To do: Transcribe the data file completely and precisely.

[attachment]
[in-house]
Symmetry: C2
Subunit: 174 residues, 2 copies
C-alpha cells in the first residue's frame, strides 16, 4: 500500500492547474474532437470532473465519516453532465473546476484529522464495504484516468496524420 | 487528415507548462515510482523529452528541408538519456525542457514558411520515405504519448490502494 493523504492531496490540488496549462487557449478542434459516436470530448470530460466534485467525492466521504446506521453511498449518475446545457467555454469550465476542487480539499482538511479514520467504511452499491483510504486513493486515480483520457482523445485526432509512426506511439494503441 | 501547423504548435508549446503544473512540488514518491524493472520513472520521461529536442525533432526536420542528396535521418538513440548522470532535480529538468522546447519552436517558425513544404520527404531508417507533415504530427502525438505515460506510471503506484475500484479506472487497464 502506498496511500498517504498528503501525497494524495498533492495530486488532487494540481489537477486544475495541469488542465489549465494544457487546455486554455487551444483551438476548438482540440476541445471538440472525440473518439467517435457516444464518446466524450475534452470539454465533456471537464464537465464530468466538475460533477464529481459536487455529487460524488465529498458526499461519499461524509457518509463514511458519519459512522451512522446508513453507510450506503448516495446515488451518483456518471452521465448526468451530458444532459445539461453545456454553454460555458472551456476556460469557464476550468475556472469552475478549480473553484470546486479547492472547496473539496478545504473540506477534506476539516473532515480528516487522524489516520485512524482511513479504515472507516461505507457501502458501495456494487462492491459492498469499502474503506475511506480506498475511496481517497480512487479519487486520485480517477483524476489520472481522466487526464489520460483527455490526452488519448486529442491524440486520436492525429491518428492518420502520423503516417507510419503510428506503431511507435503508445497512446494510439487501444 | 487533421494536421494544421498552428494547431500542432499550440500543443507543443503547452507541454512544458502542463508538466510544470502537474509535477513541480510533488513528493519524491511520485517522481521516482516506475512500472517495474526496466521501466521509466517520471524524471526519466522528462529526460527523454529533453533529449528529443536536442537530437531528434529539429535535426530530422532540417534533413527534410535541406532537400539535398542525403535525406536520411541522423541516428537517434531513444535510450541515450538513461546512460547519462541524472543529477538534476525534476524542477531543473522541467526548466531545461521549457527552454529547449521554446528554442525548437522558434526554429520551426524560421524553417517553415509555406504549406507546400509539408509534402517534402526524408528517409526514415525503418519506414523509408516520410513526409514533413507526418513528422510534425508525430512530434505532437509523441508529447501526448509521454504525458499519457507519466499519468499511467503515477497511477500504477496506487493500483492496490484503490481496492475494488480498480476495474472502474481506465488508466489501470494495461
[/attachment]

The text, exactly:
[in-house]
Symmetry: C2
Subunit: 174 residues, 2 copies
C-alpha cells in the first residue's frame, strides 16, 4: 500500500492547474474532437470532473465519516453532465473546476484529522464495504484516468496524420 | 487528415507548462515510482523529452528541408538519456525542457514558411520515405504519448490502494 493523504492531496490540488496549462487557449478542434459516436470530448470530460466534485467525492466521504446506521453511498449518475446545457467555454469550465476542487480539499482538511479514520467504511452499491483510504486513493486515480483520457482523445485526432509512426506511439494503441 | 501547423504548435508549446503544473512540488514518491524493472520513472520521461529536442525533432526536420542528396535521418538513440548522470532535480529538468522546447519552436517558425513544404520527404531508417507533415504530427502525438505515460506510471503506484475500484479506472487497464 502506498496511500498517504498528503501525497494524495498533492495530486488532487494540481489537477486544475495541469488542465489549465494544457487546455486554455487551444483551438476548438482540440476541445471538440472525440473518439467517435457516444464518446466524450475534452470539454465533456471537464464537465464530468466538475460533477464529481459536487455529487460524488465529498458526499461519499461524509457518509463514511458519519459512522451512522446508513453507510450506503448516495446515488451518483456518471452521465448526468451530458444532459445539461453545456454553454460555458472551456476556460469557464476550468475556472469552475478549480473553484470546486479547492472547496473539496478545504473540506477534506476539516473532515480528516487522524489516520485512524482511513479504515472507516461505507457501502458501495456494487462492491459492498469499502474503506475511506480506498475511496481517497480512487479519487486520485480517477483524476489520472481522466487526464489520460483527455490526452488519448486529442491524440486520436492525429491518428492518420502520423503516417507510419503510428506503431511507435503508445497512446494510439487501444 | 487533421494536421494544421498552428494547431500542432499550440500543443507543443503547452507541454512544458502542463508538466510544470502537474509535477513541480510533488513528493519524491511520485517522481521516482516506475512500472517495474526496466521501466521509466517520471524524471526519466522528462529526460527523454529533453533529449528529443536536442537530437531528434529539429535535426530530422532540417534533413527534410535541406532537400539535398542525403535525406536520411541522423541516428537517434531513444535510450541515450538513461546512460547519462541524472543529477538534476525534476524542477531543473522541467526548466531545461521549457527552454529547449521554446528554442525548437522558434526554429520551426524560421524553417517553415509555406504549406507546400509539408509534402517534402526524408528517409526514415525503418519506414523509408516520410513526409514533413507526418513528422510534425508525430512530434505532437509523441508529447501526448509521454504525458499519457507519466499519468499511467503515477497511477500504477496506487493500483492496490484503490481496492475494488480498480476495474472502474481506465488508466489501470494495461